How to Paint & Use Wafer Paper on Cakes
bulldog birthday cake image by tomcat2170 from Fotolia.com
Frosting can only go so far when you decorate your cake. If you want to transfer detailed images to your cake, use wafer paper. It gives the cake a professional appearance and customises it to fit your taste.
Painting an image onto wafer paper using food colouring gives you a transferable image that is completely safe to eat. Anyone can do it with a little painting skill and a steady hand.
Clean off a counter space large enough to accommodate the wafer paper. Allow the counter to dry and set the wafer paper down. Flip the wafer paper so the rough side faces upward.
- Frosting can only go so far when you decorate your cake.
- Painting an image onto wafer paper using food colouring gives you a transferable image that is completely safe to eat.
Fill small drinking cups with 2 tablespoons of food colouring. Stir 1/2 teaspoon of icing sugar into each cup to thicken the food colouring into a soft paste. Set the food colouring next to your work area.
Draw your design with the food colouring pen as you want it to look on the cake. Draw onto the rough side of the wafer paper (it will look right when you put it on the cake). The colour will show through on the other side of the paper.
Allow the food colouring to dry and flip the wafer paper over. The sketch should show through the wafer paper. Cut off excess paper that is just empty space outside the sketch.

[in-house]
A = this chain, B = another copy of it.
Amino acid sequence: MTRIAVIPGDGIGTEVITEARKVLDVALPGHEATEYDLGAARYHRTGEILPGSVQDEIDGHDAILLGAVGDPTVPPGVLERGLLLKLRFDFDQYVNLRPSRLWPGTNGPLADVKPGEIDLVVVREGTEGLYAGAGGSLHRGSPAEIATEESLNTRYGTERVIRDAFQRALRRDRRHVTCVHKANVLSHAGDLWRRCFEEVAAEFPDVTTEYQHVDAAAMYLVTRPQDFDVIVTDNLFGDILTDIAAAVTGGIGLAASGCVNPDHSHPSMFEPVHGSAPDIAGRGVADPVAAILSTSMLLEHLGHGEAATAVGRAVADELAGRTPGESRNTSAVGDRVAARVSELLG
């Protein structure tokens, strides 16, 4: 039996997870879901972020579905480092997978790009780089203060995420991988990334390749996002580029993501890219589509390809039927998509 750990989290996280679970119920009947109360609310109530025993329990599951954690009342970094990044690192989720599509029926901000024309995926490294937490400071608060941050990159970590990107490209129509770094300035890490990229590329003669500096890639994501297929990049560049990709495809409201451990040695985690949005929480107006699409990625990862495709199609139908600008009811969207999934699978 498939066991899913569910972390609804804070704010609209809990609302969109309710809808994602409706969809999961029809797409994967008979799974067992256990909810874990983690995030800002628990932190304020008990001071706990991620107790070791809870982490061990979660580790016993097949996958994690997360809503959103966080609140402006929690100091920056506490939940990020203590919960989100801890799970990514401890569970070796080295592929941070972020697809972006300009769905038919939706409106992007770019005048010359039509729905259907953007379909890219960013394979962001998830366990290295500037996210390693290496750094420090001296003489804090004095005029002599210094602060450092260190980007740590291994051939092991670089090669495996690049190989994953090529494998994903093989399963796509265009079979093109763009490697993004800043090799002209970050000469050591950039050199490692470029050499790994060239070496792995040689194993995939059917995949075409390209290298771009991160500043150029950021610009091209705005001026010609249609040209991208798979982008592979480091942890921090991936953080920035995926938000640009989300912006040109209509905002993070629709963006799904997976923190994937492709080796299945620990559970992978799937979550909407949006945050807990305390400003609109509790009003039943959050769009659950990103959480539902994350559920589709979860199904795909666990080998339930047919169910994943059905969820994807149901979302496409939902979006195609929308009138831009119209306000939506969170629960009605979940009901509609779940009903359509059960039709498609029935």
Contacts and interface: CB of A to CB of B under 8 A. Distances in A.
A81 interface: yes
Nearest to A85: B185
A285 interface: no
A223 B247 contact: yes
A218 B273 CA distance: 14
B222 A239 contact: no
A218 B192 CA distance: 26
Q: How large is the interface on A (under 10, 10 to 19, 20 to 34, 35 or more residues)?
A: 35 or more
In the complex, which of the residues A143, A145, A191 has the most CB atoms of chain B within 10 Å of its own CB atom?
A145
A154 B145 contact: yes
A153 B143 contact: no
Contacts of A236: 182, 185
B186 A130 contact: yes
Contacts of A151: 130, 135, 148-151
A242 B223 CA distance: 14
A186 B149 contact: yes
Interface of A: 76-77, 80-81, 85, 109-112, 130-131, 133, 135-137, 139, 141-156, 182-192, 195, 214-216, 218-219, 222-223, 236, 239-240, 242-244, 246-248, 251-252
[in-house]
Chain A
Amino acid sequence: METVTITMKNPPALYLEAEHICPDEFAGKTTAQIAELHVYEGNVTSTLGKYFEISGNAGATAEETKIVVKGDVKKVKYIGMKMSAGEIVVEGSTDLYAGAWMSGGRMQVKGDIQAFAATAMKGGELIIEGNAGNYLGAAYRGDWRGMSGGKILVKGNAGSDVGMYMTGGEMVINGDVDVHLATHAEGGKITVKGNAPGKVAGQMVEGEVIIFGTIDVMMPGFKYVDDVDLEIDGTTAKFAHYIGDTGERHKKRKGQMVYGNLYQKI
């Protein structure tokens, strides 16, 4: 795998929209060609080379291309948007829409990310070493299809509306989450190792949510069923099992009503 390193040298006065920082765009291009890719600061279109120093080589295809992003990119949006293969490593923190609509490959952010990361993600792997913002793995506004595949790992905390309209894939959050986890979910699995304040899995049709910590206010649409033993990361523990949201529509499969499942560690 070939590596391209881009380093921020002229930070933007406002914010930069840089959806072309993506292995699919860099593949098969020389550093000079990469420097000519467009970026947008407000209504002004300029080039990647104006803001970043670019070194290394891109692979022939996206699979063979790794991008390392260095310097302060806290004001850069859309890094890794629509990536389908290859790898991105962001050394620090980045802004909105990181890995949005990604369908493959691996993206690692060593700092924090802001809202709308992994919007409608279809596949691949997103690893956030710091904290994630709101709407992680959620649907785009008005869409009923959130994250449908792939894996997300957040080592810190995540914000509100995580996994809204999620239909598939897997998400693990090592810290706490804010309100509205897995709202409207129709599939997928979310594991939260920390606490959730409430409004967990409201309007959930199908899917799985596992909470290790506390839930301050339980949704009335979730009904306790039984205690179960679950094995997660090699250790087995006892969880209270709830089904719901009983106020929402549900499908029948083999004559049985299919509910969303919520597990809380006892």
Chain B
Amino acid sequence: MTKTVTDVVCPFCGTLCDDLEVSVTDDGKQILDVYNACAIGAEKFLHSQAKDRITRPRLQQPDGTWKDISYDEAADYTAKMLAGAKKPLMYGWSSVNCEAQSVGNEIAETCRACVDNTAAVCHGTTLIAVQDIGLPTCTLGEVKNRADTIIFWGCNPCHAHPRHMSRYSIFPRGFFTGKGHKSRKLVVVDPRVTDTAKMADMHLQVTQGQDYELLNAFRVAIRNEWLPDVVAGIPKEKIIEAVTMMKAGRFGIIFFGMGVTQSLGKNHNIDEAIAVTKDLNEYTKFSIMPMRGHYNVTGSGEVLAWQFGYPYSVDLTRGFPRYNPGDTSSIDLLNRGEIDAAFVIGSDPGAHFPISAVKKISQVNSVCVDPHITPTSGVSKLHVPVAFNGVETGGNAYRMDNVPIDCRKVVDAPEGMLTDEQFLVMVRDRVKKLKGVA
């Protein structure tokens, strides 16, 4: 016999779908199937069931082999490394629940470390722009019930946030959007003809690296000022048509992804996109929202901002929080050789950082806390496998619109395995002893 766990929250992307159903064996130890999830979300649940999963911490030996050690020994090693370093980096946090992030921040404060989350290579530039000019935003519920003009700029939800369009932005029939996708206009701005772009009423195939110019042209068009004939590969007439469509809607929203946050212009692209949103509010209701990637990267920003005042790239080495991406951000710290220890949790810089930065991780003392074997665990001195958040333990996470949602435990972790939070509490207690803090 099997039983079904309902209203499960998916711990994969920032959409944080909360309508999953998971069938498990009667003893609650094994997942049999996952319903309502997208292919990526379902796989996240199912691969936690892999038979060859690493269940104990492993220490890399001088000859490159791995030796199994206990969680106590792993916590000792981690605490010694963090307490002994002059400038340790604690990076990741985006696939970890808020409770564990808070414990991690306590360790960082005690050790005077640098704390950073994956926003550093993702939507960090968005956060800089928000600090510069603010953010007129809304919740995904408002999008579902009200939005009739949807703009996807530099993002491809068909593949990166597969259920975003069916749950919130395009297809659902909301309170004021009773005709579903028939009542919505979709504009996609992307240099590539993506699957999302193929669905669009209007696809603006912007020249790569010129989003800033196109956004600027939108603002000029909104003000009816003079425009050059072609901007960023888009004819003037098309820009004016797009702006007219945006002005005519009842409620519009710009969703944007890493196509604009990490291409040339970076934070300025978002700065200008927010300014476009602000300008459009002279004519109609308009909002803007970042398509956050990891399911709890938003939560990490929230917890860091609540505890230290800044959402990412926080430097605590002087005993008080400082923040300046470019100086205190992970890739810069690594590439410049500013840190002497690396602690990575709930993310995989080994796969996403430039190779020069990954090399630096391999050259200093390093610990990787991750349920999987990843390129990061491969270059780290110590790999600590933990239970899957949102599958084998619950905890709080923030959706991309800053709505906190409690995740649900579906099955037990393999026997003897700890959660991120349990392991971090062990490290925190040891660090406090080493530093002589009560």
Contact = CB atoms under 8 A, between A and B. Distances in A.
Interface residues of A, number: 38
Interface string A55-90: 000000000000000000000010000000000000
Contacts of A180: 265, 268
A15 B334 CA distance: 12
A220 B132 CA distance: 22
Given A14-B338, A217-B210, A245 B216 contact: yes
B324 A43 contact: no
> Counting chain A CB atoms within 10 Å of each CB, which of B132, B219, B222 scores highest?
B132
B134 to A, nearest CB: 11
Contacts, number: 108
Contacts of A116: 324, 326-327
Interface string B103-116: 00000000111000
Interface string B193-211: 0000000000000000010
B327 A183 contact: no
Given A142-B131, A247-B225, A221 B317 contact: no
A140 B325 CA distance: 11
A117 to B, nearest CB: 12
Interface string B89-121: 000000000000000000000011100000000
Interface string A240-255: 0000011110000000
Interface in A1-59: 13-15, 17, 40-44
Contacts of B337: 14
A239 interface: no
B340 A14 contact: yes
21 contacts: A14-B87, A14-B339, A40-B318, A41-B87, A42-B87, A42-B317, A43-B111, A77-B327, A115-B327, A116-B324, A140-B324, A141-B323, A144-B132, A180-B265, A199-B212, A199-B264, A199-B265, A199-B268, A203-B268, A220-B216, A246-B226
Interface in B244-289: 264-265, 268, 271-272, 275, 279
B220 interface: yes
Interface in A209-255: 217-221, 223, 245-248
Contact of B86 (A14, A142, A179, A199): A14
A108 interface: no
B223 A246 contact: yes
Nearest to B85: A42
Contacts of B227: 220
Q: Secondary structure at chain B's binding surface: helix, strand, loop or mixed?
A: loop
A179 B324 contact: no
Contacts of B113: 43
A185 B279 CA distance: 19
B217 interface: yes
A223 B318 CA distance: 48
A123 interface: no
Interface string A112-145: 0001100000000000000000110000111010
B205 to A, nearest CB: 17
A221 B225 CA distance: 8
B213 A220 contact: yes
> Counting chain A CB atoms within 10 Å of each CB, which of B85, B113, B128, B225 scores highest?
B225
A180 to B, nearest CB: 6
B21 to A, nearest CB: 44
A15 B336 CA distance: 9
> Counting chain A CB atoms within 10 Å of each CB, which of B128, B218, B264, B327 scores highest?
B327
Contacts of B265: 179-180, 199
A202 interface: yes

- Fill small drinking cups with 2 tablespoons of food colouring.
- Allow the food colouring to dry and flip the wafer paper over.
Coat the sketch with piping gel. Use a soft bristle paintbrush to apply it.
Dip a watercolour paintbrush into the cups of food colouring. Brush the food colouring onto the piping gel, using the sketch as a guideline for the paint.
Flip the paper so the colour image faces down and set it on your cake. Set it down slowly so you don't wrinkle the paper.
Wipe the back of the paper with a moist sponge. Wet the entire paper so it will separate from the piping gel, leaving the image on the cake's frosting.
- Coat the sketch with piping gel.
Shae Hazelton is a professional writer whose articles are published on various websites. Her topics of expertise include art history, auto repair, computer science, journalism, home economics, woodworking, financial management, medical pathology and creative crafts. Hazelton is working on her own novel and comic strip while she works as a part-time writer and full time Medical Coding student.